The practice of Yoga is geared towards the calming of the soul, refreshment of the mind, and relaxation of the physical body. In the context of religion, Yogins are adhering to a creed that is called Ahimsa. What is this creed and could it be more than just a religious practice?
How Ahimsa becomes more than just a Religious Tenet
Time to turn our time backward are we get our way back to ancient days where everything about society is just about to start. Don’t worry, we’re making sure that this won’t be boring.
If you like learning new things about different cultures or if you’re just fond of trivia and you want to share it, you’ll surely enjoy this.
Whilst the texts of Hatha Yoga appears to have emerged around the 9th to 11th century, archeological pieces of evidence show that the practice of Yoga was already present in the pre-Vedic Indian society dating back around 3000 BCE.
Around this time, the ancient Indian society has been thriving alongside the Egyptian and Mesopotamian civilizations where religion is starting to be formed. Thinking about how early humans have been living before, there’s nothing much to do aside from hunting, gathering, surviving, and exploring the vast world.
This can give us the idea the early humans have this amazement on nature so do the people of the Indus Valley civilization. And with the humans being inertly longing for a divine being, they are trying to find a way on how to connect to these being who they consider being gods.
The idea that the gods could be in any form of nature made the Indus Valley civilization come up with the religious practice of Hindu which as we all know consists of many gods.
Okay, yes, religion and culture, and so, how does this relate to Yoga? The practice of Yoga is born out of the human desire to be one, to yoke with, or to be in union with the divine being through meditation and mimicry of nature. That’s the reason why most asanas attempt to portray animals, plants, or anything natural.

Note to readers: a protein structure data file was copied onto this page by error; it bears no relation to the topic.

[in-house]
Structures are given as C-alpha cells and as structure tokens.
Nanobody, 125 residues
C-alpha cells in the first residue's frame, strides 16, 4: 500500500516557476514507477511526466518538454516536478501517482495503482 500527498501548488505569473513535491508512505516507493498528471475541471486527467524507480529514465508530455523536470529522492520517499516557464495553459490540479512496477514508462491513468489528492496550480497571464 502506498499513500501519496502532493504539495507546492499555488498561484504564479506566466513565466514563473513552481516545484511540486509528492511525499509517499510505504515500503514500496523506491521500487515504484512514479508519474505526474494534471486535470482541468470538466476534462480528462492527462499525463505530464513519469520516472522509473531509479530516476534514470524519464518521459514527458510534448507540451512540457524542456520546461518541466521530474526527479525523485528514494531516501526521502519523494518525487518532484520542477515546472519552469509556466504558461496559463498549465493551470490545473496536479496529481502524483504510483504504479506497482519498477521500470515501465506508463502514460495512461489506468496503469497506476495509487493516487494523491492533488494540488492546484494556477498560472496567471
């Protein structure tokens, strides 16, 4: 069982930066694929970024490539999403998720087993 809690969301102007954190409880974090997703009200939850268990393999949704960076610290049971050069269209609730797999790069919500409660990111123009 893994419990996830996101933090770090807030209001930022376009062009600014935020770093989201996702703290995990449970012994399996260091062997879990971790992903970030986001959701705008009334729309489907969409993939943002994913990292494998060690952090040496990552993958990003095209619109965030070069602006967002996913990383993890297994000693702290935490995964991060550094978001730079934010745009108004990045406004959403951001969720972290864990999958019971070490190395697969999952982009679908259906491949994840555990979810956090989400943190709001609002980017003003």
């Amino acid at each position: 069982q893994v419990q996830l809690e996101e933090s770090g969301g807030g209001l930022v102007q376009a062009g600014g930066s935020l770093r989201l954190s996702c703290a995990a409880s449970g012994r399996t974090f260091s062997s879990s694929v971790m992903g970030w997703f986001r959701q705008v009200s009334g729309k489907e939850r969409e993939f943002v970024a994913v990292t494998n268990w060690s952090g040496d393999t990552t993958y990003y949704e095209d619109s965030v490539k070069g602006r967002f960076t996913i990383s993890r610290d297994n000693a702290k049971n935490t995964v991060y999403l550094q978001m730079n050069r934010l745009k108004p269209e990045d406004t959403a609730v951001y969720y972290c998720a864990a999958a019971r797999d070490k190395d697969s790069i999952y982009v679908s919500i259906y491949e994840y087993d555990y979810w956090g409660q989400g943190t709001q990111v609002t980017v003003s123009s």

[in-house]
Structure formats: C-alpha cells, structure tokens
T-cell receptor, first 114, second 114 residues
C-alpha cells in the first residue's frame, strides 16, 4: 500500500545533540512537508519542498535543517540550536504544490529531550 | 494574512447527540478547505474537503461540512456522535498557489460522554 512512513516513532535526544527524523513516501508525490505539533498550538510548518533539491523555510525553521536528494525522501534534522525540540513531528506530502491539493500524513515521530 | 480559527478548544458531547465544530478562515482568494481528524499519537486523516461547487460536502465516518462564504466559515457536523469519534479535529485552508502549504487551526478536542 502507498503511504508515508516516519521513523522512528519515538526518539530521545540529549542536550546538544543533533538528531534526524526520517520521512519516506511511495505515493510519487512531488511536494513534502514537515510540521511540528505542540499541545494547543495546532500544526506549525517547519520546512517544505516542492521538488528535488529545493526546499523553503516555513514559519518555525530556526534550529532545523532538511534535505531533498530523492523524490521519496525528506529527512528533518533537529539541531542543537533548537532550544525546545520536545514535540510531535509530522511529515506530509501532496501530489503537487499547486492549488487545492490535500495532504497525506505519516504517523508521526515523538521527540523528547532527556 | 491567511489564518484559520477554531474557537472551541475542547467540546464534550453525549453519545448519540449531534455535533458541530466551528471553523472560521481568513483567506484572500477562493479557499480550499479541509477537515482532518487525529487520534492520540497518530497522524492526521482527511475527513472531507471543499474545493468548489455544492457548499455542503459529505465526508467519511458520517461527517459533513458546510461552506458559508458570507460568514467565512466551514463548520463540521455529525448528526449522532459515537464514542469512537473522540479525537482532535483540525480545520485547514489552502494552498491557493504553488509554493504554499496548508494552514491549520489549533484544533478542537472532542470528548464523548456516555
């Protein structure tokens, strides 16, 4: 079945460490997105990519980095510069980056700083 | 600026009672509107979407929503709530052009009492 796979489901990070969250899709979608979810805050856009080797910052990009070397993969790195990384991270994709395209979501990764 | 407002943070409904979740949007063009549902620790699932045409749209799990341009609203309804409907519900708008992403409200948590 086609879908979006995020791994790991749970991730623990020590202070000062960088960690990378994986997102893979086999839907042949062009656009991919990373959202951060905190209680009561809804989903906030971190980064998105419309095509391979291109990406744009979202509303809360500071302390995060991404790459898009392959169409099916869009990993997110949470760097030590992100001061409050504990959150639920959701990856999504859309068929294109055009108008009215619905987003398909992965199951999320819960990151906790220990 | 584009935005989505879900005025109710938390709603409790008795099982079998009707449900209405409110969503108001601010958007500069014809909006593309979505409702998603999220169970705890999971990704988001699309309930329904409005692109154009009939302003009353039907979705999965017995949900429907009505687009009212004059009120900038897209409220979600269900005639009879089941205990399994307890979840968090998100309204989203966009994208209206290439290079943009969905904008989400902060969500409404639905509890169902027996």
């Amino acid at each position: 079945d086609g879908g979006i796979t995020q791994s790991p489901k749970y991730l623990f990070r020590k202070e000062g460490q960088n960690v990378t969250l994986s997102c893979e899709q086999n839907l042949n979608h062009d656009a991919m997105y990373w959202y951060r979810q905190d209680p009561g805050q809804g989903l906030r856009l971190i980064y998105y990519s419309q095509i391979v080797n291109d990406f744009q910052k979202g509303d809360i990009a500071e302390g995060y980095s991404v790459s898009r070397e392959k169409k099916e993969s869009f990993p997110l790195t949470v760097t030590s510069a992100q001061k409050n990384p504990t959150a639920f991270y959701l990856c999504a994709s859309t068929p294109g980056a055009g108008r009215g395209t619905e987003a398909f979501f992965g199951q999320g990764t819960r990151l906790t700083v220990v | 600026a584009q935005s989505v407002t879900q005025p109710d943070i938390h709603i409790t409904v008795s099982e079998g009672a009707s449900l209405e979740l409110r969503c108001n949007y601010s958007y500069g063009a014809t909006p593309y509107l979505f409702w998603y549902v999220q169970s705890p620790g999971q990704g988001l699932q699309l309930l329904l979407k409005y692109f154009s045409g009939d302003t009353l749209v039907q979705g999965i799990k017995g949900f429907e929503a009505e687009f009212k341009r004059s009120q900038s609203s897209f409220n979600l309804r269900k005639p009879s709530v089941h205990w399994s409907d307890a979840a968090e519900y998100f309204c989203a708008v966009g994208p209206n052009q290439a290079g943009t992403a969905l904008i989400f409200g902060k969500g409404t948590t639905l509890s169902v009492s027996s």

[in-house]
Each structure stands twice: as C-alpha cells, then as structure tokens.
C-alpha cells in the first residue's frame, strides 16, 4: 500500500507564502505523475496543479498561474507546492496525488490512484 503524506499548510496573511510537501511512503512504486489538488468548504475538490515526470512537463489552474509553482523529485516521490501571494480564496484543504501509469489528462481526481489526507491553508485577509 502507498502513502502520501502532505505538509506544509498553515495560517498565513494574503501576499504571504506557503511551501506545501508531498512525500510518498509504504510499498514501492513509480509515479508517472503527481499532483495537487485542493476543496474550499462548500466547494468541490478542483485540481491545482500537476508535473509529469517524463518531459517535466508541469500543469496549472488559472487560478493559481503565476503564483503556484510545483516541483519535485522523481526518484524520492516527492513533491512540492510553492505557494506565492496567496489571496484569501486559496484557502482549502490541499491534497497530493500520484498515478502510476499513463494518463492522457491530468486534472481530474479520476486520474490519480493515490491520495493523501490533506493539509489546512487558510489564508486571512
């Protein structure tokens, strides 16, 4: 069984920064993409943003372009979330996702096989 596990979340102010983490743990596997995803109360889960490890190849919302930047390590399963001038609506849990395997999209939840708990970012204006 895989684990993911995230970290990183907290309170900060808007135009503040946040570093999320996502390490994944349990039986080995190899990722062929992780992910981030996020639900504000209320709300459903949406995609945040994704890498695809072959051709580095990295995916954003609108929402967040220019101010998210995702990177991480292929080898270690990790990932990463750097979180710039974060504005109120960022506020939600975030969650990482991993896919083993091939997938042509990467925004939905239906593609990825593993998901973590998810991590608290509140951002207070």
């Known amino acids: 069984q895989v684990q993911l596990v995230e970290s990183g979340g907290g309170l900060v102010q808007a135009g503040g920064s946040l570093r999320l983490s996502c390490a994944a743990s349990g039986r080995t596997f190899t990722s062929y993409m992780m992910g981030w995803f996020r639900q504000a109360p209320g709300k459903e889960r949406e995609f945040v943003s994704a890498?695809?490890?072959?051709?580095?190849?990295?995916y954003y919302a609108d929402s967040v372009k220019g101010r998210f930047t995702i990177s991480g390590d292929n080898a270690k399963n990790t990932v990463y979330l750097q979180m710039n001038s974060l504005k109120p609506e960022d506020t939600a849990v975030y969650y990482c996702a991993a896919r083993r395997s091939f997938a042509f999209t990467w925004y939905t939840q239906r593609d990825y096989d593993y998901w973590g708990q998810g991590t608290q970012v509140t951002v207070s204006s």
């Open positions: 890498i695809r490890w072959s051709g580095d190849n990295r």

Ahimsa in Yoga: Its History
As society develops, writing began to exist and language is starting to flourish. Historical records are now being written and so the tenets of the religious practice. This also comes along with the think tank from the ancient which were acknowledged today as Philosopists.
The Bhramic religion of Hinduism was one of the first polytheistic religions born in the Indian subcontinent and scriptures are called vedas which is a Sanskrit word of “knowledge”.
These Vedic texts were either written hymns, epics, or a codex that the people of those days have to adhere to.
According to studies, the oldest Vedic scripture yet found made mention of Ahimsa whilst it was not heavily emphasized, this tells us that the concept of Ahimsa has been practiced since ancient times.
On one of the most known Indian epics called Mahabharata, the Sanskrit phrase “Ahimsa Paramo Dharma” has been mentioned a couple of times and this passage means Non-Violence is the highest moral virtue.